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Jamie Ritchie

Scotland Rugby Captain

September 2023

‘We don’t fear anyone as a squad. We know that when we play to our potential Scotland can beat anyone in the world.’

An emerging legend among Scottish rugby fans, Jamie was recently named captain for Scotland’s national team aged just 26. After signing his first deal at 17, he went on to become one of Edinburgh Rugby Club’s most consistent players. A recently- married father-of-two, Jamie originally hails from Dundee and now resides in Edinburgh. As his career goes from strength to strength and he gears up for his first Rugby World Cup at the helm for his country, we caught up with him about life on the pitch and out in the Highlands.


You’ve been described as a ‘young player with an old head on his shoulders’. What has the experience been like for you over this past year?

It’s been a bit of a whirlwind, to be honest, but one that I’ve really enjoyed. Being told just before the Autumn Nations Series that I was going to be the Scottish captain was a really special moment in my career — it’s something I’ve always wanted to achieve. I did feel prepared going into the Autumn Nations Series, but it was a super-busy period and there was a lot of media around us. Going into the Six Nations, I felt more settled, like I’d found my feet.


It was a fantastic 2022/2023 Six Nations for Scotland, what was your favourite moment of the tournament?

As a group, we can take a lot of confidence from what we did. There were a lot of big wins in there — some that had been bugging us for a wee while, like that Wales game! We got that monkey off our backs. We don’t fear anyone as a squad. We know that when we play to our potential, Scotland can beat anyone in the world.


What was your proudest Scottish sporting moment?

One is captaining Scotland in the Six Nations for the first time, beating England and getting to lift the cup at Twickenham. But probably the proudest moment of my career so far was receiving the Doddie Trophy. Being able to share that moment with Doddie’s family after his passing was something that I’ll remember forever. It’ll be tough to top in terms of proud moments, because it meant so much to us as a group, and as a nation.


If you were to pick one reason why Scottish fans should be excited about the upcoming Rugby World Cup what would it be?

It’s a massive opportunity. A lot of people have spoken about us being in a tough group, but we’d need to beat the strong teams at some point. This is both a challenge and an opportunity for us to do that early on in the tournament. We’ve got South Africa first up and then we finish the group stages against Ireland, so those are two bookending games for us to lay a real marker down. We’ve got nothing to lose going out there, and we’re going to throw everything at it.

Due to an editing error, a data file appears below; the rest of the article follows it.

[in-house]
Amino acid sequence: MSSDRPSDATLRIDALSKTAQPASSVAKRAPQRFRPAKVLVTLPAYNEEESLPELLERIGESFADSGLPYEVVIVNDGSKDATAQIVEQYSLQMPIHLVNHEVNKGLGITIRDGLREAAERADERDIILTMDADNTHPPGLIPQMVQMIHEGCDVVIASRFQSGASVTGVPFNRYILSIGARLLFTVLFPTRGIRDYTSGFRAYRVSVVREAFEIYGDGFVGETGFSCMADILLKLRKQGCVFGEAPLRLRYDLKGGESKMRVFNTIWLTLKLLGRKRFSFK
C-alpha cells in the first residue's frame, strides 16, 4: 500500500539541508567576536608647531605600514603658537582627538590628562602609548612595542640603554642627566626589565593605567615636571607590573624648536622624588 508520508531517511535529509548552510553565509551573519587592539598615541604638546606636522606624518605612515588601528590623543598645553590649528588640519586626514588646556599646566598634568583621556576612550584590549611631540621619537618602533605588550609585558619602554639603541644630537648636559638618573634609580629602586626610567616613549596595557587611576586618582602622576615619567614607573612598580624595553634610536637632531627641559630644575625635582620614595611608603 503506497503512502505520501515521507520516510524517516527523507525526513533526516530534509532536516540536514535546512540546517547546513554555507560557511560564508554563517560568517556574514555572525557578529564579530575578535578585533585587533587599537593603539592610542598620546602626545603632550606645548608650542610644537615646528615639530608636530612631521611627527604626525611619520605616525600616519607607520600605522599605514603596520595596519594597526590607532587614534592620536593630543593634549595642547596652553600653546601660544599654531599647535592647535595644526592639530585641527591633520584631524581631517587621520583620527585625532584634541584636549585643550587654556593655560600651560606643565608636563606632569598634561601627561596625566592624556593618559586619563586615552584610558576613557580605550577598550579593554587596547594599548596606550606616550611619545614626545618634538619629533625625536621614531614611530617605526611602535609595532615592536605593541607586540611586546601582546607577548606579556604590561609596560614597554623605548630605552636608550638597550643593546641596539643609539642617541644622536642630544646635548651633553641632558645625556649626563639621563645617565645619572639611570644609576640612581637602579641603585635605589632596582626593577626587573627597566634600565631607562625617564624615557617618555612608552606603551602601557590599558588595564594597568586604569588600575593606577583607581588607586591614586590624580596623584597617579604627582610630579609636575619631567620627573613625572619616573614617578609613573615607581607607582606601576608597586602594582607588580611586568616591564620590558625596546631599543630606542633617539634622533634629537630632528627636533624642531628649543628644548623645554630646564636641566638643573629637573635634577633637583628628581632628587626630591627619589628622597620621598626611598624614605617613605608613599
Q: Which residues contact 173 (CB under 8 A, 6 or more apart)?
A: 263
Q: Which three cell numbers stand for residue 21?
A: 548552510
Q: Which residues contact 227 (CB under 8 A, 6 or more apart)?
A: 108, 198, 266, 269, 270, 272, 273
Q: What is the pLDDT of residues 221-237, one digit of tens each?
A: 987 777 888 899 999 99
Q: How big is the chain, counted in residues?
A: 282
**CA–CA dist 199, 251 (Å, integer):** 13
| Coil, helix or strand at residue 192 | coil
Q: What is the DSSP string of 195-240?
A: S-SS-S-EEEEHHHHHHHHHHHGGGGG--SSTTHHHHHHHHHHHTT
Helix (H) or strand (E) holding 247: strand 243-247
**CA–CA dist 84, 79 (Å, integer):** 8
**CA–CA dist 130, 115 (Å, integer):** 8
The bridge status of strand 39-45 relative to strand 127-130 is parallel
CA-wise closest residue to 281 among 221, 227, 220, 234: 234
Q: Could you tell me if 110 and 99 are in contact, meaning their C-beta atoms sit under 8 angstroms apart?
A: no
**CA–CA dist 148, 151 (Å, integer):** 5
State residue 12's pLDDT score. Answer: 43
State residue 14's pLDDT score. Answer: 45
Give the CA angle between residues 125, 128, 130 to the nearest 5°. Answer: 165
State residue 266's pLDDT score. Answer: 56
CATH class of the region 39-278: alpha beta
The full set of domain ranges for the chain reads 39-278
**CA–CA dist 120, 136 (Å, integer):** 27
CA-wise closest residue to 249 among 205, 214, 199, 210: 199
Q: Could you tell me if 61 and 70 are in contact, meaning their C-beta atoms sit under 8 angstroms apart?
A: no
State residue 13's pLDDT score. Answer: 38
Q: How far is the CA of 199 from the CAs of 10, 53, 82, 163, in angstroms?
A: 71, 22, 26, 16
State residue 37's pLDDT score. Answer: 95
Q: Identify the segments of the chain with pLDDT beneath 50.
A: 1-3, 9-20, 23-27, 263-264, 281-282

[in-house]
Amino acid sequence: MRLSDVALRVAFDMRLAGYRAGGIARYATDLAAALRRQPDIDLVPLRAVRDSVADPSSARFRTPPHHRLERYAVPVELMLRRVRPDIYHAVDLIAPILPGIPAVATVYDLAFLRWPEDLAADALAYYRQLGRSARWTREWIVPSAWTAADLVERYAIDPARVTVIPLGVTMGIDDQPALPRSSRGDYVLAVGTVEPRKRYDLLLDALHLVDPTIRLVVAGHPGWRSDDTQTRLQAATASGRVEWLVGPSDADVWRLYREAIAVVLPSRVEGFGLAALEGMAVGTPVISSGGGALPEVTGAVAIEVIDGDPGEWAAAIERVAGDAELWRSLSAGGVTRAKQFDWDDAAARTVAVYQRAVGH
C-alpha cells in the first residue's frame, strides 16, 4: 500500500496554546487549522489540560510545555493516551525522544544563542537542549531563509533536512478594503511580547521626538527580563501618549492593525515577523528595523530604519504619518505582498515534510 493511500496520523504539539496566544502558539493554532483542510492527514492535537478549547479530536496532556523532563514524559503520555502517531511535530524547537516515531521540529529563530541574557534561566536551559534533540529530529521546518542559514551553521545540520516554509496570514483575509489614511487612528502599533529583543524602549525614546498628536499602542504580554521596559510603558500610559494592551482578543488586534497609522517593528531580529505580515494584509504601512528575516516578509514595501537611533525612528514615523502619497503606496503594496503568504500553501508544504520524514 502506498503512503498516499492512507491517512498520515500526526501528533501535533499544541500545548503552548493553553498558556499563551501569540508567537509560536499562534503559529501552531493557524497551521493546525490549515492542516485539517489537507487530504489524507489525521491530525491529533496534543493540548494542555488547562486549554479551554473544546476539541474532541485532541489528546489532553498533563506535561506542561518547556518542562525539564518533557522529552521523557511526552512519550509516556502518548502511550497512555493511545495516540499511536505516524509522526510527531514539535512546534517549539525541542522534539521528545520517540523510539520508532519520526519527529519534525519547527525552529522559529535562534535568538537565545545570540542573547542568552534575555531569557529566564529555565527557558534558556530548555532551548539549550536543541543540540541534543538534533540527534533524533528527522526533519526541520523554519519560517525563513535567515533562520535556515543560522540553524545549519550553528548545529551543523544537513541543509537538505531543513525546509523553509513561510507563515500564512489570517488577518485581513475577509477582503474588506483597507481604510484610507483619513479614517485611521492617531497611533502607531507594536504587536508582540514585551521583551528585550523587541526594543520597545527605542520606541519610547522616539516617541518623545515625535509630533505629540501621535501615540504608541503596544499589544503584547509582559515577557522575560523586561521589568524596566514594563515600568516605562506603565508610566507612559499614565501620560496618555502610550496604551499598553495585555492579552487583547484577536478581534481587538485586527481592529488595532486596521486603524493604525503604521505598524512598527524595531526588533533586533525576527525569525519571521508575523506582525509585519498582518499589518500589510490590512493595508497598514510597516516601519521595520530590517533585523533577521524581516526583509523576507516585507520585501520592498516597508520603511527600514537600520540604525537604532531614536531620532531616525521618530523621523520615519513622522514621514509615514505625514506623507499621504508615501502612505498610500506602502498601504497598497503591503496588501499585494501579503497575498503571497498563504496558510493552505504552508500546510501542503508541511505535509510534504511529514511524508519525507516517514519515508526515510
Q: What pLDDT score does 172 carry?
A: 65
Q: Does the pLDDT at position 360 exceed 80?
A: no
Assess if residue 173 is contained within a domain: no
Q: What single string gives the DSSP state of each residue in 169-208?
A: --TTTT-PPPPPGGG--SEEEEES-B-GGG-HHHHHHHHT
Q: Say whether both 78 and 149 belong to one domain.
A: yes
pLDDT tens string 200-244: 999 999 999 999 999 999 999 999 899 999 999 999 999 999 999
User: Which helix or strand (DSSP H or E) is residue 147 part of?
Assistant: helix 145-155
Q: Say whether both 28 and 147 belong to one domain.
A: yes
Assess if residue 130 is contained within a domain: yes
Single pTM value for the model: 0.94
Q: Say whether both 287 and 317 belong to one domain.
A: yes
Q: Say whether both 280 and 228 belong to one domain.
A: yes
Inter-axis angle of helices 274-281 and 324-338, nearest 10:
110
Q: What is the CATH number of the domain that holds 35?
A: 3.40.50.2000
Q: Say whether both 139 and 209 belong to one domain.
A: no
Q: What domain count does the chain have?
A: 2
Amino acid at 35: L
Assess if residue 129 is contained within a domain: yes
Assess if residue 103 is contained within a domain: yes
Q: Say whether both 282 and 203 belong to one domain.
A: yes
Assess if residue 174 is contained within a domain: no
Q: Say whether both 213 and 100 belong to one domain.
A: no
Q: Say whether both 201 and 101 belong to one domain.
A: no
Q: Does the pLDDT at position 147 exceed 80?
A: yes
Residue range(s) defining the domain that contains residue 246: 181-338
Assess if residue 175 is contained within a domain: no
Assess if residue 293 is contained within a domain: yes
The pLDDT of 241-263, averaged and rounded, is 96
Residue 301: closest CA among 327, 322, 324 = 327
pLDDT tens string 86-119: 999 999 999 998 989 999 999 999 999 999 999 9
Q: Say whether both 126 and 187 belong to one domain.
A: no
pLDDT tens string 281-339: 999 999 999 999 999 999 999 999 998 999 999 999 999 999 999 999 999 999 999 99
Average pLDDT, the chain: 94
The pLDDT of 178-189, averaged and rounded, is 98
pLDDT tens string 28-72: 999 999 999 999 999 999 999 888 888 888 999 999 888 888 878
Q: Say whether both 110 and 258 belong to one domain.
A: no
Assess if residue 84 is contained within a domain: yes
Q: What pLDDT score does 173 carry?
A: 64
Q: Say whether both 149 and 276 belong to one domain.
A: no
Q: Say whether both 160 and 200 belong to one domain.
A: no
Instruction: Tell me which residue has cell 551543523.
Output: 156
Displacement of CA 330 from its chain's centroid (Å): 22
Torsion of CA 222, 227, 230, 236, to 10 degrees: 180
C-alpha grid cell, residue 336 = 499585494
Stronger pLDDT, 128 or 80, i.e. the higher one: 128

What makes Scotland so special?

The people. As a nation we’re uniquely welcoming and kind, but we love to have a laugh.


What do you miss the most when you’re away?

My family. With young kids, I worry that I miss key moments with them. But I do what I do for them, so that they can have experiences. I’m really lucky in that respect and I’m glad that I can share it with them, even though it’s tough sometimes.


Where do you and your friends or family go to celebrate?

My wife and I, Mils, love to eat in nice restaurants in Edinburgh, and when we need a wee break we take a trip up to Gleneagles. We’ve been going for many years with the kids and been lucky enough to have a few big celebrations there — it’s one of the few places we can really switch off.


“As a nation we’re uniquely welcoming and kind, but we love to have a laugh.”


What are your top tips for making the most out of summer in Scotland?

When it is sunny – get outside! There are few places more beautiful in the sunshine than Scotland. We love getting out on the water at the beaches and lochs — it’s really worth doing when the weather’s on our side!


What’s the best Scottish export?

I would say whisky, Lewis Capaldi, and golf.


What’s the best piece of advice you’ve ever had from a Scot?

It’s a little bit morbid, but it’s kept me grounded and helped me deal with disappointing results: “Naebodies deed”. You can say it to the team after a game if they’re upset — ’Naebodies deed, the sun will come up tomorrow’. It’s good to remember sometimes that rugby is just a game.



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